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Diphtheria, pertussis, and tetanus are serious diseases.
The diphtheria bacterium can enter the body through the nose and mouth. However, it can also enter through a break in the skin. It is transmitted from person-to-person by respiratory secretions or droplets in the air. After being exposed to the bacteria, it usually takes two to four days for symptoms to develop. It can lead to breathing problems, paralysis, heart failure, and even death.
Tetanus is not a contagious illness. It occurs in individuals who have had a skin or deep tissue wound or puncture. It is also seen in the umbilical stump of infants in underdeveloped countries. This occurs in places where immunization to tetanus is not widespread and women may not know proper care of the umbilical stump after the baby is born. After being exposed to tetanus, it may take between two days to two months to develop any symptoms. In infants, symptoms may take between five days to two weeks to develop.
Whooping cough is caused by a bacterium called Bordetella pertussis. It is spread through children from exposure to infected persons through droplets in the air (coughing and sneezing), and is highly contagious. Once the bacteria is in the child's airways, swelling of the airways and mucus production begins. It can lead to pneumonia, seizures, brain damage, and death.
Diphtheria, tetanus, and pertussis vaccines prevent these diseases. Most children who receive all of their shots will be protected during childhood. A combination vaccine is given to babies and children and provides protection against all three diseases. There are several types of the vaccine, including the following:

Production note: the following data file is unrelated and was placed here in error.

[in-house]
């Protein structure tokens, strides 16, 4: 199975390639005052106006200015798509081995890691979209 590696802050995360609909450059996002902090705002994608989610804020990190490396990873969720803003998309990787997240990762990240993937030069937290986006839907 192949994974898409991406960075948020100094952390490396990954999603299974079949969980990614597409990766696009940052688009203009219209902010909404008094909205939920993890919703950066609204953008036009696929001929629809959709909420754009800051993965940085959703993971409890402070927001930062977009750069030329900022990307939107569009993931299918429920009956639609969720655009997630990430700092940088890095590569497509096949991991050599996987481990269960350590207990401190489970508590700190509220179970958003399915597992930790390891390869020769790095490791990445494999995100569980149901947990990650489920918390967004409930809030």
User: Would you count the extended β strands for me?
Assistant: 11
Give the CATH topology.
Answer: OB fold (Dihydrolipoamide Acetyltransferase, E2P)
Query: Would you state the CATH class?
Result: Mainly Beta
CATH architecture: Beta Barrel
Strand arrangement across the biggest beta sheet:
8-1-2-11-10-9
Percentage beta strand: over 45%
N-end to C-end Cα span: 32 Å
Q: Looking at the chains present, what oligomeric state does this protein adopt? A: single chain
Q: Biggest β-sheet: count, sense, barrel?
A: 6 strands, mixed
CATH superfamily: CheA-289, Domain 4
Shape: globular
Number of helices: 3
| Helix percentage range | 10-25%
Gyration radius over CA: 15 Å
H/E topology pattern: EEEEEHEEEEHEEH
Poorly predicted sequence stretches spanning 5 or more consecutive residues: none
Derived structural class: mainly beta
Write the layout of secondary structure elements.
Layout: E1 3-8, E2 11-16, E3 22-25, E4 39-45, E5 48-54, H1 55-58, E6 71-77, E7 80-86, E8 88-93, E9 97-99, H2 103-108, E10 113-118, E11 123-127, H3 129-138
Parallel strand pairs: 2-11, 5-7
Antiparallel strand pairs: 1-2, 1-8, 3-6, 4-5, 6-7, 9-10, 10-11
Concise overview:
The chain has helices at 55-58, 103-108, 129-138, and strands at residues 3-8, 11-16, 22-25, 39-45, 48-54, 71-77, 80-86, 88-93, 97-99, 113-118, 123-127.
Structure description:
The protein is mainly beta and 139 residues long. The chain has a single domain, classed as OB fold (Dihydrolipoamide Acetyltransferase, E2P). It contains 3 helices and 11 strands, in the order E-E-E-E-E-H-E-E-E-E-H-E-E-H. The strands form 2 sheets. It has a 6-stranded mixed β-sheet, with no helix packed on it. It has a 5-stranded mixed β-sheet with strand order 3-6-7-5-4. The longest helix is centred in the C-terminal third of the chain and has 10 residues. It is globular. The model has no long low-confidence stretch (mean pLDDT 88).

DTaP vaccines are given to babies and children at the following ages:
Every 10 years, a person should receive a tetanus booster. Some children should not get the DTaP vaccines, or should get them later. These include children who:
Your child's physician will advise you about vaccines in these situations.
As with any medication, vaccines carry a small risk of serious harm, such as a severe allergic reaction or even death. If there are reactions, they usually start within three days and do not last long. Most people have no serious reactions from these vaccines. Reactions are much less likely after DTaP than older forms of the vaccine. Common reactions to these vaccines may include the following:
Severe reactions such as very high fever, seizures, or allergic reactions to these vaccines are rare.
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